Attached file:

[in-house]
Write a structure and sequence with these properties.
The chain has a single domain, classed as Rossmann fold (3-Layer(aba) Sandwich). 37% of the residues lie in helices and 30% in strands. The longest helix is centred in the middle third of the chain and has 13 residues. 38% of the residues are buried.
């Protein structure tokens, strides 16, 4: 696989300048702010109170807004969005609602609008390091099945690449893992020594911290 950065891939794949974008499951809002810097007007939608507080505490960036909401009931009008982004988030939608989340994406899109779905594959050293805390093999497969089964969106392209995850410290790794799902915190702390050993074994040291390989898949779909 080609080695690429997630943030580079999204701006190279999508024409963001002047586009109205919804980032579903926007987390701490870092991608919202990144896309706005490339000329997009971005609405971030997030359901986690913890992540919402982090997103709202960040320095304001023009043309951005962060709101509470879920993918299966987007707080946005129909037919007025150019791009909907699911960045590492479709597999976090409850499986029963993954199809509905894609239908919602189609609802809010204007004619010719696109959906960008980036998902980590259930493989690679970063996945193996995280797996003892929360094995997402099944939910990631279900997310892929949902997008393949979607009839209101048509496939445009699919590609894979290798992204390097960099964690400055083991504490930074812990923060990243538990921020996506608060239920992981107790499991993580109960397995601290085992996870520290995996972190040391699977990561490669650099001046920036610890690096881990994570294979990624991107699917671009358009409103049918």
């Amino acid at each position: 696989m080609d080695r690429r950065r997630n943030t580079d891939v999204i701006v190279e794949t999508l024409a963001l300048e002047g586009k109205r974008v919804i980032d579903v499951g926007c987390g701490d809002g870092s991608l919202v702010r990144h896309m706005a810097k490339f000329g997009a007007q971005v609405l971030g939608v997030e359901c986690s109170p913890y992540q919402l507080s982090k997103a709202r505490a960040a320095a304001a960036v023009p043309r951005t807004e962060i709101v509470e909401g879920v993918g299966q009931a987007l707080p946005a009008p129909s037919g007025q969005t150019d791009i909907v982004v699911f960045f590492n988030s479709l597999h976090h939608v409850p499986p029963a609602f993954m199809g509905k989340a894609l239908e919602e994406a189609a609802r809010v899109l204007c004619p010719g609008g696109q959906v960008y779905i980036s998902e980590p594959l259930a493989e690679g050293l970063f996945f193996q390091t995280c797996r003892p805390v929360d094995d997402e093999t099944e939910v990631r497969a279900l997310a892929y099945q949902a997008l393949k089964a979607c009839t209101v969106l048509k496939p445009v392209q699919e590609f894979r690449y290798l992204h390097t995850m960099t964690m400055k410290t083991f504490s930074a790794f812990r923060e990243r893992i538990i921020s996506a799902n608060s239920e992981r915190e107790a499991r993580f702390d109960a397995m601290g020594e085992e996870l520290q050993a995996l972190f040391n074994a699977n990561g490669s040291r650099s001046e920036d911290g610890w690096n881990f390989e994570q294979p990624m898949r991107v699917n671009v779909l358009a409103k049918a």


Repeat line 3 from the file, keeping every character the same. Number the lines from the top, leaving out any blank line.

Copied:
The chain has a single domain, classed as Rossmann fold (3-Layer(aba) Sandwich). 37% of the residues lie in helices and 30% in strands. The longest helix is centred in the middle third of the chain and has 13 residues. 38% of the residues are buried.